All and all, did I learn something new? –Yes! I learned that there are 123 Republican Congressman on Twitter and only 61 Democrats. But really, most importantly I learned that not all journalists think the same way about social media. Some think social media is at its “infant stages”, some think social media is becoming traditional media, and others are over social media all together.

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FTC Updates Endorsement Regs to Address Social Media Tue, 06 Oct 2009 15:44:56 +0000 Vanessa Truskey Today the Federal Trade Commission (FTC) recognized the growing influence of social media on the consumer by introducing new regulations aimed at bloggers who review products and provide testimonials.  According to the New York Times, these bloggers must now disclose any connection with advertisers, including if they’ve received free products or payment from the advertisers whose products they are reviewing.  This will also apply to celebrities.  Ad Age reports that violators could be fined up to $11,000 and could be held liable for false statements, including those made on Twitter or Facebook.

This seems to be a huge win for the consumer:  no more misleading reviews from bloggers whom they consider to be objective third parties.  And while it may plug a revenue stream bloggers came to rely on, in a way, it’s a win for them as well.  It is recognition of their growing influence, something many bloggers have fought for and struck out on their own to prove.

 Tech & The District readers should know that we’ve been abiding by this disclosure regulation since the inception of this blog.  (I’m sad to report we are not flooded with free products or payments for our statements – but that’s why we’ve been objective all along.)   I’m proud to work for a company that has outlined such clear, mutually-agreed-upon social media principles which included right from the beginning a full disclosure of our client links.  You can read all H&K guidelines here – the same guidelines which received kudos from ZDNet’s Sam Diaz  just last week.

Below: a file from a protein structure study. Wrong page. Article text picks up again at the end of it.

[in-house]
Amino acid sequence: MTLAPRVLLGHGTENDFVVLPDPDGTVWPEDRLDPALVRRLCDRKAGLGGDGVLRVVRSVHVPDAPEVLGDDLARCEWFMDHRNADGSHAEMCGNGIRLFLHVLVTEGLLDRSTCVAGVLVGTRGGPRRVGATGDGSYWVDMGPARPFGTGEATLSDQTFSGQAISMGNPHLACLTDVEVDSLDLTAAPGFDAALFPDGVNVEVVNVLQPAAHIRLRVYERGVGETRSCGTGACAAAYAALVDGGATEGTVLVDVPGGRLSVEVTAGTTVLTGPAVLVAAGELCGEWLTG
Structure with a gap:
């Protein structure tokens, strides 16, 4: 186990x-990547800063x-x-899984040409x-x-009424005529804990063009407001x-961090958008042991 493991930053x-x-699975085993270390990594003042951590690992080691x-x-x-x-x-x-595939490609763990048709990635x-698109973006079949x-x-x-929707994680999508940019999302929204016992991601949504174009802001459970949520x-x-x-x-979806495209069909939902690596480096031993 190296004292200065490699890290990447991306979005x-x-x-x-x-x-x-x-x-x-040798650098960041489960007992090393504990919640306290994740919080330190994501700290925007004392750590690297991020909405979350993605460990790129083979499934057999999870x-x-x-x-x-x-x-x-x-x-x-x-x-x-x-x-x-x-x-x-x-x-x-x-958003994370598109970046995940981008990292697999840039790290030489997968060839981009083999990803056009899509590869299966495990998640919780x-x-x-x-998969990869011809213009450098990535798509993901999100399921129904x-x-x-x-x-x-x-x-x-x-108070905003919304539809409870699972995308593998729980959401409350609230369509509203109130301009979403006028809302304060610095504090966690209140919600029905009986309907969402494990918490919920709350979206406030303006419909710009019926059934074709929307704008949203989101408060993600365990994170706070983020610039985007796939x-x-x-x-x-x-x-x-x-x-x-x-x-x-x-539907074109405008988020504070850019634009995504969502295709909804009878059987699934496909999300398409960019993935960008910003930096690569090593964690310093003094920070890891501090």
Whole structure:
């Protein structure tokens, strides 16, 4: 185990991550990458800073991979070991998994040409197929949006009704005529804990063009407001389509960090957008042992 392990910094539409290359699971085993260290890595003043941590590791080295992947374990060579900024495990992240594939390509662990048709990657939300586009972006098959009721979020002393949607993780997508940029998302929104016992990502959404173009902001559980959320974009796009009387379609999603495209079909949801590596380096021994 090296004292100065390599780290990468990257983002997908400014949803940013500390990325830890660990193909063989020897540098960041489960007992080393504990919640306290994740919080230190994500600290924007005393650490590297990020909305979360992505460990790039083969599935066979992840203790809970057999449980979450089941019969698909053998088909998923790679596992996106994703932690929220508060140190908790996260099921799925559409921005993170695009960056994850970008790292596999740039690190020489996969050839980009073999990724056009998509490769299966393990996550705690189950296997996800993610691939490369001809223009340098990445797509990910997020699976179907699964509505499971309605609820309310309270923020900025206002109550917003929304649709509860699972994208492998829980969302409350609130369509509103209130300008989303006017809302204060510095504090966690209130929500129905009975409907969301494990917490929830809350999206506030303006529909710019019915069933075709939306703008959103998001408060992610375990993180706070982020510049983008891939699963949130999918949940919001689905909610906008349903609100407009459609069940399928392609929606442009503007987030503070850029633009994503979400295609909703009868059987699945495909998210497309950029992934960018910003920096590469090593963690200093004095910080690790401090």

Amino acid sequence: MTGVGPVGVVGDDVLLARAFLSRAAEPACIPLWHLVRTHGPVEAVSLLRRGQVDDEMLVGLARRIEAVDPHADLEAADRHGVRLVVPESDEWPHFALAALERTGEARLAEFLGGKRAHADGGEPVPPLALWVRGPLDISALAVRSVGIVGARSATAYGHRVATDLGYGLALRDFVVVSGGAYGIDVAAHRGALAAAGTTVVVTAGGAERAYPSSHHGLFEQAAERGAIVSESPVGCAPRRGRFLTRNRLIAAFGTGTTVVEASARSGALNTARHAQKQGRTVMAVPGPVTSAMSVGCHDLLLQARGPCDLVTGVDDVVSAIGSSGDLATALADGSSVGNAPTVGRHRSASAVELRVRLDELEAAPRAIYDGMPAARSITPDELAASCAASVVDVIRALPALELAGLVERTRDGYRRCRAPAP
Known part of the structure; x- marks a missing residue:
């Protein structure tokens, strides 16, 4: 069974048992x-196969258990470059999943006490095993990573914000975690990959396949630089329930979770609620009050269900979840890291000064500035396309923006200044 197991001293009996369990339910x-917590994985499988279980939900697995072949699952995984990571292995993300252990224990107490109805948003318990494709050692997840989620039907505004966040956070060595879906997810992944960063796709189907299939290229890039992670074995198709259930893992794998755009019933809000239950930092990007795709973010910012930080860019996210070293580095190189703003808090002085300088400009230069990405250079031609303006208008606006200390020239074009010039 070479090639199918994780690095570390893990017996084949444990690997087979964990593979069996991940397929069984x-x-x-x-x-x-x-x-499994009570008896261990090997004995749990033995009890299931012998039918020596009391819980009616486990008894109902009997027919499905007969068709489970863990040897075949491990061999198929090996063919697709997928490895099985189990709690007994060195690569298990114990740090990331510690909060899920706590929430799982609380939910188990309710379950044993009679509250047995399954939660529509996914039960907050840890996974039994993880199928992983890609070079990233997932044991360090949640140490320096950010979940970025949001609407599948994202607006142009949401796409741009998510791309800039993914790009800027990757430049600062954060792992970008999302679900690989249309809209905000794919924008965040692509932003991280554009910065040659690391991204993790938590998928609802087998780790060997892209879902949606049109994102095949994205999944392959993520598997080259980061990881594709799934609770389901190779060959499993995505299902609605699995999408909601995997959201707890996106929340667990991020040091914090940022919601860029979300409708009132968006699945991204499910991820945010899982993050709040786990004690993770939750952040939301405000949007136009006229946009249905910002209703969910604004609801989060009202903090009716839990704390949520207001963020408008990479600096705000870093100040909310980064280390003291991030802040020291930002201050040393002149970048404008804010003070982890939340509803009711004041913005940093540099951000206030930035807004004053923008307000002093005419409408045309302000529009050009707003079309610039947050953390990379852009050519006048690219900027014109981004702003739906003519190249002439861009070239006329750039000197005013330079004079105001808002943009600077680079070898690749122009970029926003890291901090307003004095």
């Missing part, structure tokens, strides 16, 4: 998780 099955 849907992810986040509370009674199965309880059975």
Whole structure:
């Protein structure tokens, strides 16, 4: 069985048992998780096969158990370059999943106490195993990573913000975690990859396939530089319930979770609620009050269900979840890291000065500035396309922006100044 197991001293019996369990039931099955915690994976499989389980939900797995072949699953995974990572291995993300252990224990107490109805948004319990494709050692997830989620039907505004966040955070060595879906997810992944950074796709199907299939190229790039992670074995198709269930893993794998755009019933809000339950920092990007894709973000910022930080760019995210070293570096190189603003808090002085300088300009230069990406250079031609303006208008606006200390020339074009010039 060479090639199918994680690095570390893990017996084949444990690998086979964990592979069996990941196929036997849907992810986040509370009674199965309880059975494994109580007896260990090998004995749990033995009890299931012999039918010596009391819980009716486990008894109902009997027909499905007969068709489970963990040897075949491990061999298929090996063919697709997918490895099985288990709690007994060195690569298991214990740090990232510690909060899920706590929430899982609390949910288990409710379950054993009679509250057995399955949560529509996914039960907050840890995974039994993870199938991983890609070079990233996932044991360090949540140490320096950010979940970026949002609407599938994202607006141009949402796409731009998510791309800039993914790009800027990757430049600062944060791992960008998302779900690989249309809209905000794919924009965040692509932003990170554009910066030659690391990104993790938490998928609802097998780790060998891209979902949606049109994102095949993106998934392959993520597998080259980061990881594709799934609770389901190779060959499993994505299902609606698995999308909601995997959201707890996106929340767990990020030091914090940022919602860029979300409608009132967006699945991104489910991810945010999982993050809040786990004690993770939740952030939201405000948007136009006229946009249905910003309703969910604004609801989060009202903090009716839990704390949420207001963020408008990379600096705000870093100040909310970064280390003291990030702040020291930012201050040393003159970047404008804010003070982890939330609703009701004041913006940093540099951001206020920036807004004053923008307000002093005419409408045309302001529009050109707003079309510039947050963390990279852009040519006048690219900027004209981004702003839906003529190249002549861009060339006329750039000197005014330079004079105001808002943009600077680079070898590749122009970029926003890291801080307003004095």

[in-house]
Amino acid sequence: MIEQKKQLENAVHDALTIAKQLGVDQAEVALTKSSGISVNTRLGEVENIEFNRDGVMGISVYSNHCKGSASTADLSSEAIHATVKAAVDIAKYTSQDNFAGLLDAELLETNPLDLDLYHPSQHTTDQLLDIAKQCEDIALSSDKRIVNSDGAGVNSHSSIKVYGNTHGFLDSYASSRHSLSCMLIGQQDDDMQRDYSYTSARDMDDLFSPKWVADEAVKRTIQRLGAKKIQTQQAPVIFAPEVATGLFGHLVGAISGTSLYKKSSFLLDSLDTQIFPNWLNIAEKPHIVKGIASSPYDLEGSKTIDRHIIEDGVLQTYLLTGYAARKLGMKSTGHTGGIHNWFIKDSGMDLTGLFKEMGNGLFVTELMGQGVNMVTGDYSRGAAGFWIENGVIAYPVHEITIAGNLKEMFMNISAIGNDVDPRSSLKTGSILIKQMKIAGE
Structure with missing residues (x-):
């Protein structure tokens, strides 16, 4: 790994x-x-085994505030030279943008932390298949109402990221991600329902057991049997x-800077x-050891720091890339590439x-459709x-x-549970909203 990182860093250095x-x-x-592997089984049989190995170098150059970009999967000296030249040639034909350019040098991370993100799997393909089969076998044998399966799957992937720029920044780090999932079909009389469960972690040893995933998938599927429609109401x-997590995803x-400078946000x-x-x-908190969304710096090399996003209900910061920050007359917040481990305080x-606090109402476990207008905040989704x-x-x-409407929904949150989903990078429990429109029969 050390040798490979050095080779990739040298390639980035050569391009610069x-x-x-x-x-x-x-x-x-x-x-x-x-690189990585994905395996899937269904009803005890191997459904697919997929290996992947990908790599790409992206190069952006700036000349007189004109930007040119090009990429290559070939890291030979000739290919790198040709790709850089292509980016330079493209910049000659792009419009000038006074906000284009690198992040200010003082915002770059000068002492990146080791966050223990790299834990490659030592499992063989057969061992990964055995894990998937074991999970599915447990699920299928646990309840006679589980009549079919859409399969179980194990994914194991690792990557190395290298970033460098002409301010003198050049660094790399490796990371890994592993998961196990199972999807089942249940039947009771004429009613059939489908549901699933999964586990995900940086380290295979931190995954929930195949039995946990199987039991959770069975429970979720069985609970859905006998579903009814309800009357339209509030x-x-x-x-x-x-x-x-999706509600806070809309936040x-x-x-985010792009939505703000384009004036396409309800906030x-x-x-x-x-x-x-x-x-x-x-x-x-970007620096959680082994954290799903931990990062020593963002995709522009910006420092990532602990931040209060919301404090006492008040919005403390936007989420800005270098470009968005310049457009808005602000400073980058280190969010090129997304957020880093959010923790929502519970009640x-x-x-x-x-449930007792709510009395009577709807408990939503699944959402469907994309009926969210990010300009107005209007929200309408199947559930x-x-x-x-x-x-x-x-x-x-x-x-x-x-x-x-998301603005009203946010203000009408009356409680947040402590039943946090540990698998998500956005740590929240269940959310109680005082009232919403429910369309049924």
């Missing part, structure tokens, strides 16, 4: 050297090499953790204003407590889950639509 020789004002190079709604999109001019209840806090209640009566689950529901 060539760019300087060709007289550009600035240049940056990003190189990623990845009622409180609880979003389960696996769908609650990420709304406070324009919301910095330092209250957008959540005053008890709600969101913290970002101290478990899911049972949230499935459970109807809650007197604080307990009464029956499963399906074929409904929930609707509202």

It will be interesting to see how the FTC enforces these new regulations.  In the interest of continuing our disclosures, we did host Sam Diaz for lunch while he was at the Washington Post, but we made him work for that lunch, so it doesn’t count as payment, right?  Just shows the importance of openness and transparency when working on the web.

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Antitrust & Tech 2: The Sequel? Wed, 10 Jun 2009 14:26:51 +0000 Vanessa Truskey The editors at “Tech & The District” are always striving to bring you the best thinking from a variety of perspectives at Hill & Knowlton.  Thus, we are proud to present the second of what we hope to be many guest blog posts from our colleagues in the DC office.  This perspective comes from H&K’s Mitchell Derman, a vice president in the Corporate Practice.  As always, we welcome your comments.  Enjoy! -Vanessa

Antitrust & Tech 2:  The Sequel?

By Mitchell Derman

 The year was 1995.  We were probably in a Web .50 world when the Internet was just starting to become a platform for day-to-day communications and information.  Microsoft was about to launch its most anticipated operating system with Windows 95.  At the same time, Microsoft was drawn into a legal and perception battle related to antitrust issues.  Microsoft was consistently chastised by competitors, media and the government for alleged monopolistic, anti-competitive behavior.